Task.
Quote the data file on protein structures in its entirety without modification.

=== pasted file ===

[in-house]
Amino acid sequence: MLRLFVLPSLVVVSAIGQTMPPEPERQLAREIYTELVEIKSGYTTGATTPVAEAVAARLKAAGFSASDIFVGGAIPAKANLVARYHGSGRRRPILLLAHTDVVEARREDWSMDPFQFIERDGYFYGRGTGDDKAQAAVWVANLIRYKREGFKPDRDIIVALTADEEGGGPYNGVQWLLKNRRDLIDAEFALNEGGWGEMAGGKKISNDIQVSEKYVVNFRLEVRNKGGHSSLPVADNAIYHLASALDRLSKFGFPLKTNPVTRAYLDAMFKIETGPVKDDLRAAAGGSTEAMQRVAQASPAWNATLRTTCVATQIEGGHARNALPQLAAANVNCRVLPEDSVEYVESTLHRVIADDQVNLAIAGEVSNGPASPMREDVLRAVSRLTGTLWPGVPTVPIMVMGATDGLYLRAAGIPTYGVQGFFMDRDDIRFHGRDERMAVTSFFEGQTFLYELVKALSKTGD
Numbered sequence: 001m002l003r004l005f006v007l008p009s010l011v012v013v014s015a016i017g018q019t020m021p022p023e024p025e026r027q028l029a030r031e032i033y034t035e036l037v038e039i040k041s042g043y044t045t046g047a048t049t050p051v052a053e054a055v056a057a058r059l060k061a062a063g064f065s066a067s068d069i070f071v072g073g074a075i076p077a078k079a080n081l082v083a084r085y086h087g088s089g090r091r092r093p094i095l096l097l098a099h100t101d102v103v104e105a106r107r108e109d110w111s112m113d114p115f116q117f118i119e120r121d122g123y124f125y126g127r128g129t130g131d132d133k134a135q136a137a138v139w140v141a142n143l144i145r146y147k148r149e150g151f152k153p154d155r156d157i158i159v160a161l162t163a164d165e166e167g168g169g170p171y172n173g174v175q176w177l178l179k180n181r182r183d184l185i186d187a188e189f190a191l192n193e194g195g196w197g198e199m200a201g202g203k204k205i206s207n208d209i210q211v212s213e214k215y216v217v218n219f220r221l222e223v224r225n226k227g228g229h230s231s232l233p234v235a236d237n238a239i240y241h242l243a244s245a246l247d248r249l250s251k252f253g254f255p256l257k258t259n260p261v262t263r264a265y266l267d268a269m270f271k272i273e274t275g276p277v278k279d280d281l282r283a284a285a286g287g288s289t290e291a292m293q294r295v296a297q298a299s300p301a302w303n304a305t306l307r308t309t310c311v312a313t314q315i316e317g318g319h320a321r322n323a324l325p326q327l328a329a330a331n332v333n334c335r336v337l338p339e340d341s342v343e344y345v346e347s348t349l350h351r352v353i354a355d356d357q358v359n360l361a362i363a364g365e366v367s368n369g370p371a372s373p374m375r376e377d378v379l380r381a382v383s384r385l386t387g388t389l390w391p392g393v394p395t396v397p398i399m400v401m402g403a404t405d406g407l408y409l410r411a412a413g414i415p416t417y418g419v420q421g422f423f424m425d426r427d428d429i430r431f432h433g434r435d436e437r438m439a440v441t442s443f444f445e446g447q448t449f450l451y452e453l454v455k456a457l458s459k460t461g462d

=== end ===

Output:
[in-house]
Amino acid sequence: MLRLFVLPSLVVVSAIGQTMPPEPERQLAREIYTELVEIKSGYTTGATTPVAEAVAARLKAAGFSASDIFVGGAIPAKANLVARYHGSGRRRPILLLAHTDVVEARREDWSMDPFQFIERDGYFYGRGTGDDKAQAAVWVANLIRYKREGFKPDRDIIVALTADEEGGGPYNGVQWLLKNRRDLIDAEFALNEGGWGEMAGGKKISNDIQVSEKYVVNFRLEVRNKGGHSSLPVADNAIYHLASALDRLSKFGFPLKTNPVTRAYLDAMFKIETGPVKDDLRAAAGGSTEAMQRVAQASPAWNATLRTTCVATQIEGGHARNALPQLAAANVNCRVLPEDSVEYVESTLHRVIADDQVNLAIAGEVSNGPASPMREDVLRAVSRLTGTLWPGVPTVPIMVMGATDGLYLRAAGIPTYGVQGFFMDRDDIRFHGRDERMAVTSFFEGQTFLYELVKALSKTGD
Numbered sequence: 001m002l003r004l005f006v007l008p009s010l011v012v013v014s015a016i017g018q019t020m021p022p023e024p025e026r027q028l029a030r031e032i033y034t035e036l037v038e039i040k041s042g043y044t045t046g047a048t049t050p051v052a053e054a055v056a057a058r059l060k061a062a063g064f065s066a067s068d069i070f071v072g073g074a075i076p077a078k079a080n081l082v083a084r085y086h087g088s089g090r091r092r093p094i095l096l097l098a099h100t101d102v103v104e105a106r107r108e109d110w111s112m113d114p115f116q117f118i119e120r121d122g123y124f125y126g127r128g129t130g131d132d133k134a135q136a137a138v139w140v141a142n143l144i145r146y147k148r149e150g151f152k153p154d155r156d157i158i159v160a161l162t163a164d165e166e167g168g169g170p171y172n173g174v175q176w177l178l179k180n181r182r183d184l185i186d187a188e189f190a191l192n193e194g195g196w197g198e199m200a201g202g203k204k205i206s207n208d209i210q211v212s213e214k215y216v217v218n219f220r221l222e223v224r225n226k227g228g229h230s231s232l233p234v235a236d237n238a239i240y241h242l243a244s245a246l247d248r249l250s251k252f253g254f255p256l257k258t259n260p261v262t263r264a265y266l267d268a269m270f271k272i273e274t275g276p277v278k279d280d281l282r283a284a285a286g287g288s289t290e291a292m293q294r295v296a297q298a299s300p301a302w303n304a305t306l307r308t309t310c311v312a313t314q315i316e317g318g319h320a321r322n323a324l325p326q327l328a329a330a331n332v333n334c335r336v337l338p339e340d341s342v343e344y345v346e347s348t349l350h351r352v353i354a355d356d357q358v359n360l361a362i363a364g365e366v367s368n369g370p371a372s373p374m375r376e377d378v379l380r381a382v383s384r385l386t387g388t389l390w391p392g393v394p395t396v397p398i399m400v401m402g403a404t405d406g407l408y409l410r411a412a413g414i415p416t417y418g419v420q421g422f423f424m425d426r427d428d429i430r431f432h433g434r435d436e437r438m439a440v441t442s443f444f445e446g447q448t449f450l451y452e453l454v455k456a457l458s459k460t461g462d